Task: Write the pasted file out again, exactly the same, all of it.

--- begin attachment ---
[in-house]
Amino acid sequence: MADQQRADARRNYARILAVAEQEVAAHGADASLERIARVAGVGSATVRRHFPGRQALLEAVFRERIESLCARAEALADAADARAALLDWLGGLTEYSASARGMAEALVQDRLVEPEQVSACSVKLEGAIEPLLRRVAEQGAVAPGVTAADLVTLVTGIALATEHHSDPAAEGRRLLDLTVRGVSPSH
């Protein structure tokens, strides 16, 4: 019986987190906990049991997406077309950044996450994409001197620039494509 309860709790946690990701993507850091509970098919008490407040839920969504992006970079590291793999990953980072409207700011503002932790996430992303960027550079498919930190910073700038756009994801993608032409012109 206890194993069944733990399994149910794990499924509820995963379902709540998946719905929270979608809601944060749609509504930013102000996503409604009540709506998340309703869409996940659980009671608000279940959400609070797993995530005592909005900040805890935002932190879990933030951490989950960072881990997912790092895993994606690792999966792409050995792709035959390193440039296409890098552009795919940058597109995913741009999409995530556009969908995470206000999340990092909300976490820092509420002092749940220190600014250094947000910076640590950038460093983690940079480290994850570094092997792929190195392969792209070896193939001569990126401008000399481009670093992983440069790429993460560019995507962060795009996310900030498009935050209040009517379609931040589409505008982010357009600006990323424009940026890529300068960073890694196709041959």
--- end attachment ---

[in-house]
Amino acid sequence: MADQQRADARRNYARILAVAEQEVAAHGADASLERIARVAGVGSATVRRHFPGRQALLEAVFRERIESLCARAEALADAADARAALLDWLGGLTEYSASARGMAEALVQDRLVEPEQVSACSVKLEGAIEPLLRRVAEQGAVAPGVTAADLVTLVTGIALATEHHSDPAAEGRRLLDLTVRGVSPSH
């Protein structure tokens, strides 16, 4: 019986987190906990049991997406077309950044996450994409001197620039494509 309860709790946690990701993507850091509970098919008490407040839920969504992006970079590291793999990953980072409207700011503002932790996430992303960027550079498919930190910073700038756009994801993608032409012109 206890194993069944733990399994149910794990499924509820995963379902709540998946719905929270979608809601944060749609509504930013102000996503409604009540709506998340309703869409996940659980009671608000279940959400609070797993995530005592909005900040805890935002932190879990933030951490989950960072881990997912790092895993994606690792999966792409050995792709035959390193440039296409890098552009795919940058597109995913741009999409995530556009969908995470206000999340990092909300976490820092509420002092749940220190600014250094947000910076640590950038460093983690940079480290994850570094092997792929190195392969792209070896193939001569990126401008000399481009670093992983440069790429993460560019995507962060795009996310900030498009935050209040009517379609931040589409505008982010357009600006990323424009940026890529300068960073890694196709041959």